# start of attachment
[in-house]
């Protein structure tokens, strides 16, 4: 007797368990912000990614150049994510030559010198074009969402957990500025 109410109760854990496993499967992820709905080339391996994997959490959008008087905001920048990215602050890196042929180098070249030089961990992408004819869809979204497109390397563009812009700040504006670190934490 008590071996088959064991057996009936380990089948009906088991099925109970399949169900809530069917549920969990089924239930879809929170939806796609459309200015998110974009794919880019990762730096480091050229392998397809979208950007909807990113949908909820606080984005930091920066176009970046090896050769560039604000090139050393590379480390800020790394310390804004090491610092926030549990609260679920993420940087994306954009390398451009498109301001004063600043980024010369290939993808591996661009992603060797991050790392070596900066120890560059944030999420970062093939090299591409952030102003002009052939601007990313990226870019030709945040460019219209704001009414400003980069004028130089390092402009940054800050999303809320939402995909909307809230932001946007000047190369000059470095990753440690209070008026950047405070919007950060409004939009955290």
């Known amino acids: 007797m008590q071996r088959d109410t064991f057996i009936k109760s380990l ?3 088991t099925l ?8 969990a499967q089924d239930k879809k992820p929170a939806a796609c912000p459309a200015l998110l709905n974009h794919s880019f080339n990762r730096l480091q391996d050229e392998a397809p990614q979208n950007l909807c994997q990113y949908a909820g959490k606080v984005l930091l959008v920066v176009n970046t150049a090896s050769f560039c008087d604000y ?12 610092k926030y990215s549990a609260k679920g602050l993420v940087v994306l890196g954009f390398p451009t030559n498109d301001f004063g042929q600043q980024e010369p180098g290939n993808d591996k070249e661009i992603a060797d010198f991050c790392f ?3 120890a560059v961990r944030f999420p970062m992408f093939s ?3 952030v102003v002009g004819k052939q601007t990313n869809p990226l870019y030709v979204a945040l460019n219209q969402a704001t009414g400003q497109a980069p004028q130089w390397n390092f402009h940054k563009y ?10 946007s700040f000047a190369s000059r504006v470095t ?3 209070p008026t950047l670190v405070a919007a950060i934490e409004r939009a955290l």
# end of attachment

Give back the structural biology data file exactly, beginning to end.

[in-house]
């Protein structure tokens, strides 16, 4: 007797368990912000990614150049994510030559010198074009969402957990500025 109410109760854990496993499967992820709905080339391996994997959490959008008087905001920048990215602050890196042929180098070249030089961990992408004819869809979204497109390397563009812009700040504006670190934490 008590071996088959064991057996009936380990089948009906088991099925109970399949169900809530069917549920969990089924239930879809929170939806796609459309200015998110974009794919880019990762730096480091050229392998397809979208950007909807990113949908909820606080984005930091920066176009970046090896050769560039604000090139050393590379480390800020790394310390804004090491610092926030549990609260679920993420940087994306954009390398451009498109301001004063600043980024010369290939993808591996661009992603060797991050790392070596900066120890560059944030999420970062093939090299591409952030102003002009052939601007990313990226870019030709945040460019219209704001009414400003980069004028130089390092402009940054800050999303809320939402995909909307809230932001946007000047190369000059470095990753440690209070008026950047405070919007950060409004939009955290």
């Known amino acids: 007797m008590q071996r088959d109410t064991f057996i009936k109760s380990l ?3 088991t099925l ?8 969990a499967q089924d239930k879809k992820p929170a939806a796609c912000p459309a200015l998110l709905n974009h794919s880019f080339n990762r730096l480091q391996d050229e392998a397809p990614q979208n950007l909807c994997q990113y949908a909820g959490k606080v984005l930091l959008v920066v176009n970046t150049a090896s050769f560039c008087d604000y ?12 610092k926030y990215s549990a609260k679920g602050l993420v940087v994306l890196g954009f390398p451009t030559n498109d301001f004063g042929q600043q980024e010369p180098g290939n993808d591996k070249e661009i992603a060797d010198f991050c790392f ?3 120890a560059v961990r944030f999420p970062m992408f093939s ?3 952030v102003v002009g004819k052939q601007t990313n869809p990226l870019y030709v979204a945040l460019n219209q969402a704001t009414g400003q497109a980069p004028q130089w390397n390092f402009h940054k563009y ?10 946007s700040f000047a190369s000059r504006v470095t ?3 209070p008026t950047l670190v405070a919007a950060i934490e409004r939009a955290l």